16. Steel, Piers; Taras, Vasyl; Uggerslev, Krista; Bosco, Frank (May 2018). "The Happy Culture: A Theoretical, Meta-Analytic, and Empirical Review of the Relationship Between Culture and Wealth and Subjective Well-Being" (in en). Personality and Social Psychology Review 22 (2): 128–169. doi:10.1177/1088868317721372. ISSN 1088-8683. PMID 28770649. 
  17. "Culture's consequences: Comparing values, behaviors, institutions and organizations across nations". 
  18. Hofstede, Geert (2001). Culture's Consequences: comparing values, behaviors, institutions, and organizations across nations (2nd ed.). Thousand Oaks, CA: SAGE Publications. ISBN 978-0-8039-7323-7. OCLC 45093960. 
  19. Beyond Hofstede: Cultural applications for communication with Latin American[yes|permanent dead link|dead link}}], William Wardrobe, 2005, Association for Business Communication Annual Convention.[|permanent dead link|dead link}}]
  20. negotiation styles, Michelle LeBaron, July 2003
  21. What are the practical applications for Geert Hofstede's research on cultural differences?
  22. "The influence of national culture on strategic decision making: a case study of the Philippines, Richard P.M.Builtjens and Niels G. Noorderhaven, Tilburg University and Institute for Research on Intercultural Cooperation". 
  23. 23.0 23.1 Vasile, Alexandrina Cristina; Nicolescu, Luminița (2016). "Hofstede's Cultural Dimensions and Management in Corporations" (in en). CrossCultural Management Journal XVIII (1): 35–46. 
  24. Hofstede's consequences: The impact of his work on consulting and business practices , An Executive Commentary by John W. Bing, Academy of Management Executive, February 2004, Vol. 18, No. 1
  25. Marieke de Mooij and Geert Hofstede, The Hofstede model – Applications to global branding and advertising strategy and research, International Journal of Advertising, 29(1), pp. 85–110, 2010 Advertising Association, Published by Warc, DOI: 10.2501/S026504870920104X.
  26. Aaron Marcus and Emilie W. Gould, Cultural Dimensions and Global Web Design: What? So What? Now What? (Aaron Marcus and Associates, Inc., 2001).
  27. 27.0 27.1 Litvin, Stephen W.; Crotts, John C.; Hefner, Frank L. (January 2004). "Cross-cultural tourist behaviour: a replication and extension involving Hofstede's uncertainty avoidance dimension" (in en). International Journal of Tourism Research 6 (1): 29–37. doi:10.1002/jtr.468. ISSN 1099-2340.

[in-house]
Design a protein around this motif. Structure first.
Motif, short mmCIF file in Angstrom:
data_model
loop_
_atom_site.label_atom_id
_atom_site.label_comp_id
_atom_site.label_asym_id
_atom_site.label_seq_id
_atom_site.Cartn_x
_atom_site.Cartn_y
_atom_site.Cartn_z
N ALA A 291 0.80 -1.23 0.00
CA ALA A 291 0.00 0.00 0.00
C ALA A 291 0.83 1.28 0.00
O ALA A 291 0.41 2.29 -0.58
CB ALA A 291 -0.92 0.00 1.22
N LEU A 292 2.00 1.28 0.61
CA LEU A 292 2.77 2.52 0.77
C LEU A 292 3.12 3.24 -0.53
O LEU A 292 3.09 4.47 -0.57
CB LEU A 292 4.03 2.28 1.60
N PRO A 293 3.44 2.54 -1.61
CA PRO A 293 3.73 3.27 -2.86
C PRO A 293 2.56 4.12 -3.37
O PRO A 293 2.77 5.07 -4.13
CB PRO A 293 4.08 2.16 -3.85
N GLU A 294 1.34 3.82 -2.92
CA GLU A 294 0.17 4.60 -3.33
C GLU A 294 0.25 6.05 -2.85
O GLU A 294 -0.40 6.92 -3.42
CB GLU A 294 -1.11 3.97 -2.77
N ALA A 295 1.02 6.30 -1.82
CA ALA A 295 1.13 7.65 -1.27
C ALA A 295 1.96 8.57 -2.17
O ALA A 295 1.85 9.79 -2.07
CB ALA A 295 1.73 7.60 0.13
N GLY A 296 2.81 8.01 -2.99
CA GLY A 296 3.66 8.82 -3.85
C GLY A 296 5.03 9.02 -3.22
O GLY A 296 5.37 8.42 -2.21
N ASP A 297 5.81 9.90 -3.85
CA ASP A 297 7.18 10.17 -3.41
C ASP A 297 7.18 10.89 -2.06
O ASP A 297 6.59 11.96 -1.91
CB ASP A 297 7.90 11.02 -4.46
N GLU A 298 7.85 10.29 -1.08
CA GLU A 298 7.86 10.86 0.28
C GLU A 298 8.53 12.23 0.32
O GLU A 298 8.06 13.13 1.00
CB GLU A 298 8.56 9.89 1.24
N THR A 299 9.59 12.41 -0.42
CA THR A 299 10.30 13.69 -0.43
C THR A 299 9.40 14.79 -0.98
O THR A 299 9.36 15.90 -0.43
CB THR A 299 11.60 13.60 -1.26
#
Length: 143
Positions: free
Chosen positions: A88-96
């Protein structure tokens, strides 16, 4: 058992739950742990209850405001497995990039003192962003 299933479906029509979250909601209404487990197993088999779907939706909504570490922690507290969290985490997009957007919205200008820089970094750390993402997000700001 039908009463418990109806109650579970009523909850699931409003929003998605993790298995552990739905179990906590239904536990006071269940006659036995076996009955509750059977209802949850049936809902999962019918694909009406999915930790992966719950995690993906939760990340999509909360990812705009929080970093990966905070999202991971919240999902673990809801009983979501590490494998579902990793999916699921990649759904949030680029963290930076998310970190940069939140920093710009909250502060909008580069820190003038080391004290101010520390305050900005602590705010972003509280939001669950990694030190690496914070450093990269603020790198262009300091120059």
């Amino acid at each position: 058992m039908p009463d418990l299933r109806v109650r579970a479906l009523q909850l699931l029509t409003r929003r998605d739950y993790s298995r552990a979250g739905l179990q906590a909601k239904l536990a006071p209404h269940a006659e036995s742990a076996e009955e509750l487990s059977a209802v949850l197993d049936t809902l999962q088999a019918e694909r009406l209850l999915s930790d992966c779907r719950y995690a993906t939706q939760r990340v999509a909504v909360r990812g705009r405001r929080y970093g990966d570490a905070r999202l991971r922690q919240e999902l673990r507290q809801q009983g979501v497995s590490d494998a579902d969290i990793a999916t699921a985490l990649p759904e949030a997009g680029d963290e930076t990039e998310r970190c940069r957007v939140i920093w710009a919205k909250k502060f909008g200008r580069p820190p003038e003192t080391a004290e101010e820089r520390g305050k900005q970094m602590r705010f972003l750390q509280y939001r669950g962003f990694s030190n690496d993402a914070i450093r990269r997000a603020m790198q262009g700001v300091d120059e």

28. 28.0 28.1 Dingil, Ali Enes; Rupi, Federico; Schweizer, Joerg; Stasiskiene, Zaneta; Aalipour, Kasra (August 2019). "The Role of Culture in Urban Travel Patterns: Quantitative Analyses of Urban Areas Based on Hofstede's Culture Dimensions" (in en). Social Sciences 8 (8): 227. doi:10.3390/socsci8080227. ISSN 2076-0760. 
  29. McSweeney, B. (2002), Hofstede's model of national cultural differences and their consequences: a triumph of faith – a failure of analysis. Human Relations, 55(1): 89–117.
  30. Geert Hofstede. (2002). Dimensions do not exist – a reply to Brendan McSweeney. Human Relations, 55(11): 1355–61
  31. McSweeney, B. (2002b). The essentials of scholarship: A reply to Hofstede' Human Relations, 55.11: 1363–1372.
  32. Ailon, G. (2008). Mirror, mirror on the wall: Culture's Consequences in a value test of its own design. The Academy of Management Review, October 2008, 33(4):885–904].
  33. Geert Hofstede. "Who Is the Fairest of Them All? Galit Ailon's Mirror," The Academy of Management Review, July 2009, 34(3): 570–571; doi:10.5465/AMR.2009.40633746.
  34. Galit Ailon, "A Reply to Geert Hofstede," The Academy of Management Review, July 2009, 34(3): 571–573; doi:10.5465/AMR.2009.40633815.
  35. 35.0 35.1 Witte, Anne E. "Making the Case for a Postnational Cultural Analysis of Organizations," Journal of Management Inquiry, April 2012, Vol. 21:2, pp. 141–159. doi:10.1177/1056492611415279
  36. Burr, Viv; Dick, Penny (2017), Gough, Brendan, ed., "Social Constructionism" (in en), The Palgrave Handbook of Critical Social Psychology (London: Palgrave Macmillan UK): pp. 59–80, doi:10.1057/978-1-137-51018-1_4, ISBN 978-1-137-51018-1 
  37. "Understanding values: Schwartz theory of basic values" (in en-GB). 2022-05-09. 
  38. Tilburg University

Further reading

  • Culture, leadership, and organizations: the GLOBE study of 62 societies (1st ed.). SAGE Publications. 29 April 2004. ISBN 978-0-7619-2401-2. , Read it
  • Alvesson, M. & Deetz, S. (2006). Critical Theory and Postmodernism Approaches to Organizational Studies. In S. Clegg, C. Hardy, T. Lawrence, W. Nord (Eds.). The Sage Handbook of Organization Studies (2nd ed). London: Sage, 255–283.
  • Coelho, D. A. (2011). A study on the relation between manufacturing strategy, company size, country culture and product and process innovation in Europe. International Journal of Business and Globalisation, 7(2), 152–165.
  • Fischer, R. (2009). Where is Culture in Cross-Cultural Research?: An Outline of a Multilevel Research Process for Measuring Culture as a Shared Meaning System. International Journal of Cross Cultural Management, 9: 25–48.
  • Gilligan, C. (1982). In a Different Voice: Psychological Theory and Women’s Development. Cambridge MA: Harvard University Press.
  • Inglehart, Ronald (1997). Modernization and Postmodernization: Cultural, Economic and Political Change in 43 Societies. Princeton, Princeton University Press.